The main contractor for the scheme is China International Water & Electric, working for the Mauritius Ministry of Energy and Public Utilities. Bauer’s foundations sub-contract involved the construction of a 2.4 km long diaphragm cut-off wall totalling 57,700 m2 socketed into rock. The soil included areas of very hard basalt, and the company used a combination of a Bauer MC 96 duty-cycle crane and a MC 128 with a trench cutter and two grabs for the project.
Bauer is also now offering an Energy Efficiency Package (EEP) for its rotary drill rigs, which it says can deliver up to 30% fuel savings in winch operations and up to 20% when drilling.
The company achieved this by re-engineering the winch so energy can now be recovered when lowering the tool. Bauer said there was also better efficiency in lifting, higher speeds and improved operation of several functions at once.
In addition, the company looked at ancillary systems such as fans and optimised these, which has helped cut fuel consumption as well as noise emissions. It said a special hydraulic fluid with a favourable viscosity over a wide temperature range could be used to increase efficiency further.
Similarly, Liebherr’s HS 8300 HD duty cycle crawler crane now features the company’s Pactronic hybrid drive, which captures waste hydraulic energy for storage and reuse by the machine. Liebherr says this increases capacity and hoisting speeds, while reducing noise and maintenance, and delivering “significant” fuel savings.
Also new from Liebherr is the LRB 355 piling and drilling rig. Based on the long, stable undercarriage design of Liebherr’s pure drilling rigs, the LRB 355 has been designed for drilling with a full displacement tool. However, it can be used for a number of different applications including Kelly drilling, double rotary head and continuous flight auger drilling, soil mixing and piling with vibrators and hydraulic hammers.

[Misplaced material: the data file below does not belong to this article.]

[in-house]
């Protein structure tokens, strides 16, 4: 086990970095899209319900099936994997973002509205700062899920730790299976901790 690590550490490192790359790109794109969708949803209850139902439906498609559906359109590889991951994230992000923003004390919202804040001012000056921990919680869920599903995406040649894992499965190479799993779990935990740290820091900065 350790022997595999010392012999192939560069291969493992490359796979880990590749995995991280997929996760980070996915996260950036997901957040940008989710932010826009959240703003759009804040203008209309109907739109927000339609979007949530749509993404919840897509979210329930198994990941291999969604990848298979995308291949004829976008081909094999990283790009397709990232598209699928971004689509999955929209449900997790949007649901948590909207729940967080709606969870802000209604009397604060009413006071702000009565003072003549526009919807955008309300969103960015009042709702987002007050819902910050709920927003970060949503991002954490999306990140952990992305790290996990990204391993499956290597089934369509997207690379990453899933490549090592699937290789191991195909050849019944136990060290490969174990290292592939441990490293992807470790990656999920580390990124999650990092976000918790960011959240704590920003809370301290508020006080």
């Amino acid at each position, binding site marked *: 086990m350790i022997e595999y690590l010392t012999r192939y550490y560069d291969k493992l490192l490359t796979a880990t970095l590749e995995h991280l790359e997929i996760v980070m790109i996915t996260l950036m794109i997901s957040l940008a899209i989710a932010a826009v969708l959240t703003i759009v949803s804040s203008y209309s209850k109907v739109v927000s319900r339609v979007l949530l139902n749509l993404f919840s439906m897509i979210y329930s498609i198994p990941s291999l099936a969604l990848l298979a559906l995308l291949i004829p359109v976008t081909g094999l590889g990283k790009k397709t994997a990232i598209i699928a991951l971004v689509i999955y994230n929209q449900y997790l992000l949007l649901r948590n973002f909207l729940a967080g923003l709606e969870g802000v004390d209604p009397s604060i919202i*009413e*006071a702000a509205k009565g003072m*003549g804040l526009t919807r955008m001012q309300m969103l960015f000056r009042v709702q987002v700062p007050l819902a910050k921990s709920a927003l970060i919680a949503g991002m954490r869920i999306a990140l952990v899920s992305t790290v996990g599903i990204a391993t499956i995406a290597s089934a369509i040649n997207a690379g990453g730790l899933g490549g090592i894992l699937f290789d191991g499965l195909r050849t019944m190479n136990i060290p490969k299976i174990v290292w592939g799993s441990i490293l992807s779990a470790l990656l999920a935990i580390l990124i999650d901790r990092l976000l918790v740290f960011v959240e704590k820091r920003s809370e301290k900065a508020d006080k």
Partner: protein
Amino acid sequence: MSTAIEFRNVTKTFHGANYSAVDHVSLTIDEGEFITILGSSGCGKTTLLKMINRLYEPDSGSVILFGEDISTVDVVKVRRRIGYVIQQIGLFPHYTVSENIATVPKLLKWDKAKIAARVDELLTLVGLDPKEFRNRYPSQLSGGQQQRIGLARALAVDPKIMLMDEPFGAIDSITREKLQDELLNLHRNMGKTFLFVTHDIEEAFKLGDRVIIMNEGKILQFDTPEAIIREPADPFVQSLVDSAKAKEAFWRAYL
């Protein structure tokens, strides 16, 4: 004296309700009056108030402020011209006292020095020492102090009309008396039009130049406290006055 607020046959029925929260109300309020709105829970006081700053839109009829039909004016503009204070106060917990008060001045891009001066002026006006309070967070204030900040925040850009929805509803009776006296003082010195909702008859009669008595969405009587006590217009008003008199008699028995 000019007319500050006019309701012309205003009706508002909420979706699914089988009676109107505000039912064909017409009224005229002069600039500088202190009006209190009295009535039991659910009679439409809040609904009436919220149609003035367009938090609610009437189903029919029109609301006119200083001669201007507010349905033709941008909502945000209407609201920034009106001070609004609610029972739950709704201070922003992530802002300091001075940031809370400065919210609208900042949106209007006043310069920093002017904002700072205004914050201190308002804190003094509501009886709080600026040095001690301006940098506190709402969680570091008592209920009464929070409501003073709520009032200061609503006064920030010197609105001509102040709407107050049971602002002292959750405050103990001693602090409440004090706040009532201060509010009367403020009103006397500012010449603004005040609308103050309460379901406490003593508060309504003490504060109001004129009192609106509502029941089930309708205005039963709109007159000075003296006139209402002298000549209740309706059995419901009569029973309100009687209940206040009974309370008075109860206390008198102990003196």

Options include an automatic engine stop control, which shuts down the engine during long breaks to save fuel. There is also an eco mode to help save fuel.
Liebherr says it designed the LRB 355 with transportation in mind. It can be transported with the leader, multi sledge and rope still attached and leader can be folded to reduce transportation length.
New from US crane manufacturer Link-Belt is the 50 tonne TCC-500 which has joined the 70 tonne capacity TCC-750 and the 100 tonne capacity TCC-1100 to complete its line-up of telescopic boom crawler cranes. The TCC-500 has a four-section, full-power boom and has a standard counterweight package of 11.3 tonnes.
The model can be transported in most countries, while staying under 45.5 tonnes. It is powered by a Stage IV/Tier 4 Final Cummins QSB engine. A Stage IIIA/Tier 3 version is also available.
“The TCC-500 has a variable displacement piston pump package, which is designed to provide positive and precise control with independent or simultaneous operation of all crane functions, like when using an auger or pole claw attachment,” said a company spokesman. “The TCC-500 can also hydraulically extend its tracks for three working track gauges including fully extended, intermediate and fully retracted.”
BSP has introduced its new HP 260 Hydro Pack, which is now fitted with a Stage IV-compliant low emission Cat C9.3 engine for developed markets or the Stage IIIA version for other parts of the world. The unit is designed to power piling hammers, and the new engine is said to offer 4% fuel savings compared to its predecessor.
As well as the clean engine, the new Hydro Pack range include a redesigned, robust, welded steel skid frame with bund for containment of spillages, lockable access doors and a tank-mounted hydraulic filter with sensor for service indication, while the hydraulic oil temperature is controlled by an independent air blast cooler. Control panel functions include, engine rpm and emergency stop,
BSP senior sales manager Ray Ransome said, “Installing this Tier 4 Final, Stage IV engine continues our tradition of providing quality products with built-in durability, reliability, low cost of ownership and fuel efficiency. BSP is the first OEM in the UK to equip its power packs with this new engine.”
Pile Dynamics has released a new version of its Pile Driving Analyzer (PDA) system, the PDA-8G, for dynamic load tests of deep foundations. Like previous PDAs, this 8th generation model performs the test normalised by the American Society of Testing and Materials standard ASTM D4945.
The new model features the company’s updated SiteLink technology, which transmits test data in real time from the field to an office computer at an alternate location. However, those using the PDA-8G in the field will appreciate the thinner design of the tablet computer.
The unit is offered with either four or eight universal channels of data acquisition, all compatible with cabled and wireless sensors, which the company said was important for testing large diameter shafts.
Clearly technology is moving on in the sector, with machines getting more fuel efficient and modern software and computer technology making access to site data quicker and easier than before.